First Telecast: December 27, 1979 Last Telecast: May 13, 1993

    Episodes: 344 Color Episodes

    CBS Broadcast History:

    December 27, 1979- March 27, 1980----Thursdays----10:00-11:00 P.M.
    June 5, 1980- March 26, 1981----Thursdays----10:00-11:00 P.M.
    June 4, 1981- March 11, 1982----Thursdays----9:00-10:00 P.M.
    March 25, 1982- March 31, 1983----Thursdays----10:00-11:00 P.M.
    June 3, 1983- June 26, 1986----Thursdays----10:00-11:00 P.M.
    September 18, 1986- November 6, 1986----Thursdays----9:00-10:00 P.M.
    November 13, 1986- March 11, 1993----Thursdays----10:00-11:00 P.M.
    May 13, 1993----Thursday----9:00-11:00 P.M.


    Nielsen Ratings: (Top 30 or Better)

    #30 in the 1979- 1980 Season #28 in the 1980- 1981 Season #20 in the 1982- 1983 Season #11 in the 1983- 1984 Season #9 in the 1984- 1985 Season #17 in the 1985- 1986 Season #26 in the 1986- 1987 Season #27 in the 1988- 1989 Seasonmoreless
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    Touched by an Angel

    Touched by an Angel

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    CBS (ended 2003)
    Tess (Della Reese, The Royal Family) and Monica (Roma Downey, A Woman Named Jackie) are two angels sent to earth to help people with their problems. Helping them are Andrew and the new angel, Gloria.moreless
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    Everybody Loves Raymond

    Everybody Loves Raymond

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    CBS (ended 2005)
    Everybody Loves Raymond revolves around Ray Barone, a successful sportswriter living on Long Island with his wife, Debra, daughter, Ally, and twin sons, Geoffrey and Michael. That's the good news. The bad news? Ray's meddling parents, Frank and Marie, live directly across the street and embrace the motto "Su casa es mi casa," infiltrating their son's home to an extent unparalleled in television history. Frank's favorite expression, "Holy Crap," is shouted at regular intervals, and Marie's "cooking advice" is less than appreciated by Debra. Brother Robert, a divorced policeman, is constantly moving in and out of his parents' house, and loves to drop over and resent Ray's successful career and happy family life. Ray and Debra just wish someone would knock once in awhile. The series won 15 Emmy Awards for Outstanding Lead Actress in a Comedy Series - Patricia Heaton, Outstanding Multi-Camera Sound Mixing for a Series or a Special - Italy-1-2, Outstanding Supporting Actress in a Comedy Series - Doris Roberts, Outstanding Lead Actress in a Comedy Series - Patricia Heaton, Outstanding Supporting Actor in a Comedy Series - Brad Garrett, Outstanding Lead Actor in a Comedy Series - Ray Romano, Outstanding Multi-Camera Sound Mixing for a Series or Special - She's the One, Outstanding Supporting Actor in a Comedy Series - Brad Garrett, Outstanding Writing for a Comedy Series - Baggage, Outstanding Supporting Actress in a Comedy Series - Doris Roberts, Outstanding Comedy Series, Outstanding Supporting Actor in a Comedy Series - Brad Garrett, Outstanding Supporting Actress in a Comedy Series - Doris Roberts and Outstanding Comedy Series.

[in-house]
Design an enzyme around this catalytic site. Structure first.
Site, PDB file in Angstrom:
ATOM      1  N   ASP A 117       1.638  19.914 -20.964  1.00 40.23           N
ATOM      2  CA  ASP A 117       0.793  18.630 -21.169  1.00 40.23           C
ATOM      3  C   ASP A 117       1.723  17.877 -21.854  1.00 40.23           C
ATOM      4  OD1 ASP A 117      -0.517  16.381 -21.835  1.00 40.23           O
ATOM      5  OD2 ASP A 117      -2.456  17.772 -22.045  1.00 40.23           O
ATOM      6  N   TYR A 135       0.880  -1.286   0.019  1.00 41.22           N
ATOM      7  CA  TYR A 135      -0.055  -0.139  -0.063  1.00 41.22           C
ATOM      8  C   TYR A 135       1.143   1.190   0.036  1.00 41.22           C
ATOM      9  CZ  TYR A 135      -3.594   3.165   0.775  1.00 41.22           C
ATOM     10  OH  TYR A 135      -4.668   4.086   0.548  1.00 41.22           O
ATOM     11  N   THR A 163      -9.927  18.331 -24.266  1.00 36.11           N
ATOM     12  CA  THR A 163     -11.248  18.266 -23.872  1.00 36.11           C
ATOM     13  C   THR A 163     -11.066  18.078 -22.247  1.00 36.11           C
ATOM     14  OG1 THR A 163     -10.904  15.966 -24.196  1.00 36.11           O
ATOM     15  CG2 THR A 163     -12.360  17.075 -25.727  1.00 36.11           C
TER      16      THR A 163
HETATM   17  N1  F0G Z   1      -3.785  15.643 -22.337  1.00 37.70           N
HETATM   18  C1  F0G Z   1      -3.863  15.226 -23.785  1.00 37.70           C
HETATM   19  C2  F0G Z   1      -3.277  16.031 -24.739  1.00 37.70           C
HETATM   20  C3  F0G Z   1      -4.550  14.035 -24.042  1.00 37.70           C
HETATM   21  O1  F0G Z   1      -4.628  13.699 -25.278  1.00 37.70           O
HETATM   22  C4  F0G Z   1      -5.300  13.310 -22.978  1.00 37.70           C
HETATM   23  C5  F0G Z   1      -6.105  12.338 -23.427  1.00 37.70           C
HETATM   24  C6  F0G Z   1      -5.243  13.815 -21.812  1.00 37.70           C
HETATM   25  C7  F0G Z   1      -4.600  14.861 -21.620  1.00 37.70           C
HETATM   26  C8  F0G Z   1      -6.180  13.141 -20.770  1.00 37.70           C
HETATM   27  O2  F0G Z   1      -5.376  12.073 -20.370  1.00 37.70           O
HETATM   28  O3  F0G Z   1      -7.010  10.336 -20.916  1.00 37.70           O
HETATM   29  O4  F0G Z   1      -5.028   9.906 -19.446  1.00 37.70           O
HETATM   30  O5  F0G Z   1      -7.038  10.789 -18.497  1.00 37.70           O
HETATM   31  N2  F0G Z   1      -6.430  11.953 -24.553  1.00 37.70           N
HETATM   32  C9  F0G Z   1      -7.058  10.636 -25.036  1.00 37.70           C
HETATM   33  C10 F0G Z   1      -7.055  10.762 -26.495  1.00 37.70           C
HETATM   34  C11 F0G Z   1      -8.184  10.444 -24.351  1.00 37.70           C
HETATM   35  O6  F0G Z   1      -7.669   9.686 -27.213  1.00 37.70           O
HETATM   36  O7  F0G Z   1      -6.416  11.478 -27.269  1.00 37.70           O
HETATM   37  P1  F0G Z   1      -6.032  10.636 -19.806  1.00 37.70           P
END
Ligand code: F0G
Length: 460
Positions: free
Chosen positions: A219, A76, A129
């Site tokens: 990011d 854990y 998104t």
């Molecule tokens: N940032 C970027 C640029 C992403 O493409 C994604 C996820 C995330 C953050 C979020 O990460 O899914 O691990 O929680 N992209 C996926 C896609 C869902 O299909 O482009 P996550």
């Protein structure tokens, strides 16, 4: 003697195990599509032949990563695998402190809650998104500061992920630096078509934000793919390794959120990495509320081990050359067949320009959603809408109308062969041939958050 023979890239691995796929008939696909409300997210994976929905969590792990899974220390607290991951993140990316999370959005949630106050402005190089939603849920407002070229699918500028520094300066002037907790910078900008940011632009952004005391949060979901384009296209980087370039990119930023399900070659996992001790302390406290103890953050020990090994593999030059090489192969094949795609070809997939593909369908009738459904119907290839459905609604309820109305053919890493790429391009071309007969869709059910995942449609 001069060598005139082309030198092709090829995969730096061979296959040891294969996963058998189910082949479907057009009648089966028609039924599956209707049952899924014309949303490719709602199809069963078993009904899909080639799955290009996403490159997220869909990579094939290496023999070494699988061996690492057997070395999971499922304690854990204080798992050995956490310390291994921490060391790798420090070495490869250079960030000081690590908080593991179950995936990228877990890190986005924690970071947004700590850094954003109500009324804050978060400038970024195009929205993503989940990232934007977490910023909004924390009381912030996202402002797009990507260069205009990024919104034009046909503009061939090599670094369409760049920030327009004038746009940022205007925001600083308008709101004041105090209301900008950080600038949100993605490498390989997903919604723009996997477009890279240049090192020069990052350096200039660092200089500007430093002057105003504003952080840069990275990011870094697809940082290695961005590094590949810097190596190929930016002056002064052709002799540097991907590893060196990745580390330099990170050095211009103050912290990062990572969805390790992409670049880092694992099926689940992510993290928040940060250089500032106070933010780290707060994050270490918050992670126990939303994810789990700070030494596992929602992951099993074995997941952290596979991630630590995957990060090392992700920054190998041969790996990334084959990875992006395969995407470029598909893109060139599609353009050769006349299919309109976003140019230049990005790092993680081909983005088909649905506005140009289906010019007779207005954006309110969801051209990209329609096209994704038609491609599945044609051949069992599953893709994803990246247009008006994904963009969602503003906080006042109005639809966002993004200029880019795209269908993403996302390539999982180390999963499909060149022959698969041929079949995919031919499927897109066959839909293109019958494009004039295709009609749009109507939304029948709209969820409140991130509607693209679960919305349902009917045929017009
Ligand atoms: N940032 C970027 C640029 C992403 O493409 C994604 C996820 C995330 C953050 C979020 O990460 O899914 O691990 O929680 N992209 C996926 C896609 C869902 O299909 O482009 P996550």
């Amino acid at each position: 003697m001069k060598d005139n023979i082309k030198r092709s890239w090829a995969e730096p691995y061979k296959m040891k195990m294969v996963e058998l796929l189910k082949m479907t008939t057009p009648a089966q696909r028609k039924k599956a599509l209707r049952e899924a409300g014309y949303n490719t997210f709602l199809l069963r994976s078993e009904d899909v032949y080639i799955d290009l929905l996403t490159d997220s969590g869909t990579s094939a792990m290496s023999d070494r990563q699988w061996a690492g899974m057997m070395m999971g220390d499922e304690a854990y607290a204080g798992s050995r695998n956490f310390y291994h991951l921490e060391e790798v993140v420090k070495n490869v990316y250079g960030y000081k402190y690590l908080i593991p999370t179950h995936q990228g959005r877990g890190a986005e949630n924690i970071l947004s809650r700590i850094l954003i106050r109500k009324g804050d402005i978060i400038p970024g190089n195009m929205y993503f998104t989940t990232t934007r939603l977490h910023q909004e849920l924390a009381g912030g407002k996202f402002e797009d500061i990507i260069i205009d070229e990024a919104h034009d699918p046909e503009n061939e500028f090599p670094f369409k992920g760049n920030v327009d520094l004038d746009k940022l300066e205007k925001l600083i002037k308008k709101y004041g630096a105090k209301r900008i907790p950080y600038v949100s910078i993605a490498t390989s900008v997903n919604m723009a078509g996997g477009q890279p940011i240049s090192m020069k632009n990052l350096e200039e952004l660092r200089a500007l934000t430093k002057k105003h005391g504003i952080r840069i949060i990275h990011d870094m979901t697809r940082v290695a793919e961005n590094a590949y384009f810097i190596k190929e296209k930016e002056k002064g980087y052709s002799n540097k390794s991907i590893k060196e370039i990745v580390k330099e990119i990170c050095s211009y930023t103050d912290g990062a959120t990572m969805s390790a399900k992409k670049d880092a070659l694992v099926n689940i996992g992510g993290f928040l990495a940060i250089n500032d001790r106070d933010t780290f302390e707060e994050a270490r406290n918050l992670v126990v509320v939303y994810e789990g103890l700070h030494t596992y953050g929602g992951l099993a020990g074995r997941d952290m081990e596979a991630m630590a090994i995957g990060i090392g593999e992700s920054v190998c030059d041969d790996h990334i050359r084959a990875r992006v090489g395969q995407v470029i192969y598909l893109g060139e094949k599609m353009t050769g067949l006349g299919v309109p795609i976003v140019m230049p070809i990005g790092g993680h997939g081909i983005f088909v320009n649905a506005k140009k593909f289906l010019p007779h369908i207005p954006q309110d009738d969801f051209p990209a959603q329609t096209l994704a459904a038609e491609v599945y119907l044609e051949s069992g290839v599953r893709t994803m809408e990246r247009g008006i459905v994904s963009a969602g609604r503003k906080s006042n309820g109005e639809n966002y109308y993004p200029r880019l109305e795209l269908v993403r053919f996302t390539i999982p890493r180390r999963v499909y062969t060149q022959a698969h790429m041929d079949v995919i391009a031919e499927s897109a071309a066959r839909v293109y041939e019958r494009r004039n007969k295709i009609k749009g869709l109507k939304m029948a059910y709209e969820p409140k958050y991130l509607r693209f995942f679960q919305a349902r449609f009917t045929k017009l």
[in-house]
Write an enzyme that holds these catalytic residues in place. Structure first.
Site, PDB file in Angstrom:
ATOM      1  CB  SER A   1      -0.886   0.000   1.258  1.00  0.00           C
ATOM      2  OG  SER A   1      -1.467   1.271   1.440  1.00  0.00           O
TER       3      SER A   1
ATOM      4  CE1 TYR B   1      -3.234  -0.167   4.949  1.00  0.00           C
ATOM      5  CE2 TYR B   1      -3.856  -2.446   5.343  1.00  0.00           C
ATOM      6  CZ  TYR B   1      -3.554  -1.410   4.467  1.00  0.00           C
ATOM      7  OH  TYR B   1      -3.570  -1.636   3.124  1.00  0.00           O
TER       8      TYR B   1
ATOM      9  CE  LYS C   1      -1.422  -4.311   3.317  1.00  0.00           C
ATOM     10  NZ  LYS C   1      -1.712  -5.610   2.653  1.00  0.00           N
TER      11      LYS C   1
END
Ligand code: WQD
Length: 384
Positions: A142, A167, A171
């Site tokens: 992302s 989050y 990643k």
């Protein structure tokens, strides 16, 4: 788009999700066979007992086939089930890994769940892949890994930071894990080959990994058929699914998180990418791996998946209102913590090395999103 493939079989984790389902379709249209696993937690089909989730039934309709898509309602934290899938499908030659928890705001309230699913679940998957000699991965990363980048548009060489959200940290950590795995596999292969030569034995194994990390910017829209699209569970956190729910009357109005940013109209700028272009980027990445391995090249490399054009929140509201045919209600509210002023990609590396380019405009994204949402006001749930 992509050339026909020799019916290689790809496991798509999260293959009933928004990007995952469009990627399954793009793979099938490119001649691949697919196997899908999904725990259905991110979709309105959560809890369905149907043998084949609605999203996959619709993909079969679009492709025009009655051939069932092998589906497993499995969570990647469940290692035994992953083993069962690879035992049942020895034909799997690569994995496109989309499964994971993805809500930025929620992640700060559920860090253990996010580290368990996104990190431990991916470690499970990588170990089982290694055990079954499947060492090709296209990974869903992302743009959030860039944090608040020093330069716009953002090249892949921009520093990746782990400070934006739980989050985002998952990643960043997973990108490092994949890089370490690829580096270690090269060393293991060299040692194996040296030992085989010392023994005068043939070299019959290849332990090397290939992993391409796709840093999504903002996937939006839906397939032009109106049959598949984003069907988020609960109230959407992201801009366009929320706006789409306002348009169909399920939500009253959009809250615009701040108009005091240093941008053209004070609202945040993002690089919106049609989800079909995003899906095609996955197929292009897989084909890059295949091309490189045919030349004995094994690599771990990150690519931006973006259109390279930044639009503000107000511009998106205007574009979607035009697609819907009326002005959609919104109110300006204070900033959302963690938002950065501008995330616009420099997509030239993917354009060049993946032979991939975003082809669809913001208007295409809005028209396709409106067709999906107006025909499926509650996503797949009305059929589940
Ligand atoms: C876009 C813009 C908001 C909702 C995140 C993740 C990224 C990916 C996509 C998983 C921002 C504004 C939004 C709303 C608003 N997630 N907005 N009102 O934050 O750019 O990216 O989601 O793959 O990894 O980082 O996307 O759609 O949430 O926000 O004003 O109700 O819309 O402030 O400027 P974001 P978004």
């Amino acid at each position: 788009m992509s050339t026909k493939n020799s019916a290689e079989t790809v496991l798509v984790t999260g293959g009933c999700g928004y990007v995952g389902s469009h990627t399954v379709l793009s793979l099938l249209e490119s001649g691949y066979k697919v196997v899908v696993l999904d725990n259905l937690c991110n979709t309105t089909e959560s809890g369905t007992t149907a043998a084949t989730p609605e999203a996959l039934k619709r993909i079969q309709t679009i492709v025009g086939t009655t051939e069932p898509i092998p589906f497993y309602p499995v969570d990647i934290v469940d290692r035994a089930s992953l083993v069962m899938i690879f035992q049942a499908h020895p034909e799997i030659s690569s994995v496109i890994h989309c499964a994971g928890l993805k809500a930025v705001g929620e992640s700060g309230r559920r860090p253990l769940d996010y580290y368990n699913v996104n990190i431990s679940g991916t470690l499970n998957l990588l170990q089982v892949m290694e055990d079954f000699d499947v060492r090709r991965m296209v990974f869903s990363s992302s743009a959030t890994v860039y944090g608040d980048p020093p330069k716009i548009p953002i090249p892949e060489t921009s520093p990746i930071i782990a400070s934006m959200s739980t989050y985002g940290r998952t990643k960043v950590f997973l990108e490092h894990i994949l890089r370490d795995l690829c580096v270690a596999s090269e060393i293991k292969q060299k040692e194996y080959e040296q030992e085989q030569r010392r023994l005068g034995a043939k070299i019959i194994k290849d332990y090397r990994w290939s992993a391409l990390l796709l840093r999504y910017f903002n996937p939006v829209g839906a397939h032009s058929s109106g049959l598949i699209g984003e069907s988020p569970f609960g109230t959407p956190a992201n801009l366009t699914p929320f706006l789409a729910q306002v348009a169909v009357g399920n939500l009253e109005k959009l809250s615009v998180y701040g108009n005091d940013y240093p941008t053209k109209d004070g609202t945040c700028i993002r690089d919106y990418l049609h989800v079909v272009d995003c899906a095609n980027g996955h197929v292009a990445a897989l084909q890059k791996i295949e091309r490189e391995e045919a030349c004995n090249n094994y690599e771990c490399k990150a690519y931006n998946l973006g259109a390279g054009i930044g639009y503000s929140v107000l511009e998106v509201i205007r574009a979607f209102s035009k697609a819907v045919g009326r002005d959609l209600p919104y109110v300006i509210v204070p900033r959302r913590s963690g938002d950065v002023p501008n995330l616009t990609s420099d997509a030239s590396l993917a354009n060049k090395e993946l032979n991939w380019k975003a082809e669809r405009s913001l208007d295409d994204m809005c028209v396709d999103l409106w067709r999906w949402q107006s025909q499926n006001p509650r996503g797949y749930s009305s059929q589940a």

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    The King of Queens

    The King of Queens

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    CBS (ended 2007)
    The King of Queens revolves around Doug Heffernan (Kevin James, Everybody Loves Raymond), a Queens, N.Y., parcel delivery man with simple desires. Among his prized possessions is a 70-inch television that his lovely wife, Carrie (Leah Remini, Fired Up), provided for him. However, now that Carrie's widowed father, Arthur (Jerry Stiller, Seinfeld), lives with them, Doug's television room has become Arthur's bedroom. Doug and his sports-watching buddies, Spence (Patton Oswalt, Crank Yankers) and Deacon (Victor Williams, The Animatrix)--and the beloved television--have been relegated to the garage, and Doug now shares his castle with a very eccentric father-in-law and his very unusual habits.

    Theme Song "My eyes are gettin' weary, My back is gettin' tight, I'm sittin' here in traffic, On the Queensborough bridge tonight, But I don't care cuz all I wanna do, Is cash my check and drive right home to you, Cuz baby all my life I will be driving home to you."moreless
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    Hee-Haw

    Hee-Haw

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    CBS (ended 1992)